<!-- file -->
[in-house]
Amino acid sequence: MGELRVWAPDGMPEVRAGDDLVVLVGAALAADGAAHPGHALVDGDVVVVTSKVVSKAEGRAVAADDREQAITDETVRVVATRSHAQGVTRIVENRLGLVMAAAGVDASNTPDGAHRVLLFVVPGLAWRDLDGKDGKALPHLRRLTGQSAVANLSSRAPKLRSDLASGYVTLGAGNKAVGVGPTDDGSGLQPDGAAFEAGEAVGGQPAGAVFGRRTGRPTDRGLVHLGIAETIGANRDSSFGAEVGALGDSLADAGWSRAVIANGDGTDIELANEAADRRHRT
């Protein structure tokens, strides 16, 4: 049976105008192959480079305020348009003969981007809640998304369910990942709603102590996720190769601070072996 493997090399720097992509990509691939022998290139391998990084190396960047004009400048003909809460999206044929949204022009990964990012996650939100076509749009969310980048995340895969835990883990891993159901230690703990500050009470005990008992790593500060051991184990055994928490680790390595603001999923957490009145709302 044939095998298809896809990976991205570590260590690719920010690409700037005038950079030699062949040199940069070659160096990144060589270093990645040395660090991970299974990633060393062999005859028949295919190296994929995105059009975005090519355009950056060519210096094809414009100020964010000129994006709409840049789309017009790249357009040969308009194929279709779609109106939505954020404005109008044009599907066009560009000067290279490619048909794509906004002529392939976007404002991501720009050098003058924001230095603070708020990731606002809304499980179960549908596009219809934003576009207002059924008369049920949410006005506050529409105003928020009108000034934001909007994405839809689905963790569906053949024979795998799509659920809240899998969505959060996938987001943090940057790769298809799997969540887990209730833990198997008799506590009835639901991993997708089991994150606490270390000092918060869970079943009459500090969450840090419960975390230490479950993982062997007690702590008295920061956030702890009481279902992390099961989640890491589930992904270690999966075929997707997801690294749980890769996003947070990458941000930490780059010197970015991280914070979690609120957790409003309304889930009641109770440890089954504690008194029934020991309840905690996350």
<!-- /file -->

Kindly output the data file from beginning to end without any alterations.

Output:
[in-house]
Amino acid sequence: MGELRVWAPDGMPEVRAGDDLVVLVGAALAADGAAHPGHALVDGDVVVVTSKVVSKAEGRAVAADDREQAITDETVRVVATRSHAQGVTRIVENRLGLVMAAAGVDASNTPDGAHRVLLFVVPGLAWRDLDGKDGKALPHLRRLTGQSAVANLSSRAPKLRSDLASGYVTLGAGNKAVGVGPTDDGSGLQPDGAAFEAGEAVGGQPAGAVFGRRTGRPTDRGLVHLGIAETIGANRDSSFGAEVGALGDSLADAGWSRAVIANGDGTDIELANEAADRRHRT
């Protein structure tokens, strides 16, 4: 049976105008192959480079305020348009003969981007809640998304369910990942709603102590996720190769601070072996 493997090399720097992509990509691939022998290139391998990084190396960047004009400048003909809460999206044929949204022009990964990012996650939100076509749009969310980048995340895969835990883990891993159901230690703990500050009470005990008992790593500060051991184990055994928490680790390595603001999923957490009145709302 044939095998298809896809990976991205570590260590690719920010690409700037005038950079030699062949040199940069070659160096990144060589270093990645040395660090991970299974990633060393062999005859028949295919190296994929995105059009975005090519355009950056060519210096094809414009100020964010000129994006709409840049789309017009790249357009040969308009194929279709779609109106939505954020404005109008044009599907066009560009000067290279490619048909794509906004002529392939976007404002991501720009050098003058924001230095603070708020990731606002809304499980179960549908596009219809934003576009207002059924008369049920949410006005506050529409105003928020009108000034934001909007994405839809689905963790569906053949024979795998799509659920809240899998969505959060996938987001943090940057790769298809799997969540887990209730833990198997008799506590009835639901991993997708089991994150606490270390000092918060869970079943009459500090969450840090419960975390230490479950993982062997007690702590008295920061956030702890009481279902992390099961989640890491589930992904270690999966075929997707997801690294749980890769996003947070990458941000930490780059010197970015991280914070979690609120957790409003309304889930009641109770440890089954504690008194029934020991309840905690996350």